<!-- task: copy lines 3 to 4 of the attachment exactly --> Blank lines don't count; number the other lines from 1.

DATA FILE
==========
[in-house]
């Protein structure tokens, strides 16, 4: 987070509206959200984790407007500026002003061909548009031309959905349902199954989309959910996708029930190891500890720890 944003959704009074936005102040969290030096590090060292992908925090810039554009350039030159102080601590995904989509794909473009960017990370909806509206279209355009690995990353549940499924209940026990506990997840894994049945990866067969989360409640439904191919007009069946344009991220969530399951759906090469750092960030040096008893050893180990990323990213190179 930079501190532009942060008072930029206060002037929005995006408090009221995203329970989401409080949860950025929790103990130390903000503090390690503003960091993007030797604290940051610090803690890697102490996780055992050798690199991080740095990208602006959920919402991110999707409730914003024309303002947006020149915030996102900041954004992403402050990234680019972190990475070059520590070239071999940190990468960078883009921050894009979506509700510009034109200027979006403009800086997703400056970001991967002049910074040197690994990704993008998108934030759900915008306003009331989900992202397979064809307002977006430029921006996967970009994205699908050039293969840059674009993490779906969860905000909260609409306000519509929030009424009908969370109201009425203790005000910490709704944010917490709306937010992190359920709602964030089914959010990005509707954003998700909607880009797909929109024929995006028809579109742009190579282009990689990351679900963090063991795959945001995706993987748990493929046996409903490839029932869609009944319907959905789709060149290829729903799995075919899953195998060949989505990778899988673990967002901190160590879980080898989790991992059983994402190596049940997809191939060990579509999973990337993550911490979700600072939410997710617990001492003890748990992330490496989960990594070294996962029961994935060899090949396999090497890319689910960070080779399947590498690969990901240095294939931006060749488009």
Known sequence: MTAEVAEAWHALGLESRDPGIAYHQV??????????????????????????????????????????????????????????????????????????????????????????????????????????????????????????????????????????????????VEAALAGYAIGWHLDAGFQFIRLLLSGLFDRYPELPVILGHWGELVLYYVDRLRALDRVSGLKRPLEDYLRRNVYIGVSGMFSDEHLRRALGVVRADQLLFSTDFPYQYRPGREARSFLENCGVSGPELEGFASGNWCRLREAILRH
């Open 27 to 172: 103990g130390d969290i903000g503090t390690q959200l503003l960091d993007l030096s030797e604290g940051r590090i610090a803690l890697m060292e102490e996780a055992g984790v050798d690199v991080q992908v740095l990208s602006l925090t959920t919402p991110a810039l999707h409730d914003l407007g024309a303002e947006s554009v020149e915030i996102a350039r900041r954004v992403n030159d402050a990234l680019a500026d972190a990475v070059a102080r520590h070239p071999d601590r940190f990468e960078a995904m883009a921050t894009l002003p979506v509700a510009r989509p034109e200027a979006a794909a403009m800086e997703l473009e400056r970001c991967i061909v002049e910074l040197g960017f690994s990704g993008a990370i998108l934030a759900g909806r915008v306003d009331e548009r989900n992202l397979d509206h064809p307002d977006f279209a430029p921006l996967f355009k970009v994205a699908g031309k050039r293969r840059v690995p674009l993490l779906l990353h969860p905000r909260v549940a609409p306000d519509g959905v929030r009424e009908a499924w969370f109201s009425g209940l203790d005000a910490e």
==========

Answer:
Known sequence: MTAEVAEAWHALGLESRDPGIAYHQV??????????????????????????????????????????????????????????????????????????????????????????????????????????????????????????????????????????????????VEAALAGYAIGWHLDAGFQFIRLLLSGLFDRYPELPVILGHWGELVLYYVDRLRALDRVSGLKRPLEDYLRRNVYIGVSGMFSDEHLRRALGVVRADQLLFSTDFPYQYRPGREARSFLENCGVSGPELEGFASGNWCRLREAILRH
């Open 27 to 172: 103990g130390d969290i903000g503090t390690q959200l503003l960091d993007l030096s030797e604290g940051r590090i610090a803690l890697m060292e102490e996780a055992g984790v050798d690199v991080q992908v740095l990208s602006l925090t959920t919402p991110a810039l999707h409730d914003l407007g024309a303002e947006s554009v020149e915030i996102a350039r900041r954004v992403n030159d402050a990234l680019a500026d972190a990475v070059a102080r520590h070239p071999d601590r940190f990468e960078a995904m883009a921050t894009l002003p979506v509700a510009r989509p034109e200027a979006a794909a403009m800086e997703l473009e400056r970001c991967i061909v002049e910074l040197g960017f690994s990704g993008a990370i998108l934030a759900g909806r915008v306003d009331e548009r989900n992202l397979d509206h064809p307002d977006f279209a430029p921006l996967f355009k970009v994205a699908g031309k050039r293969r840059v690995p674009l993490l779906l990353h969860p905000r909260v549940a609409p306000d519509g959905v929030r009424e009908a499924w969370f109201s009425g209940l203790d005000a910490e």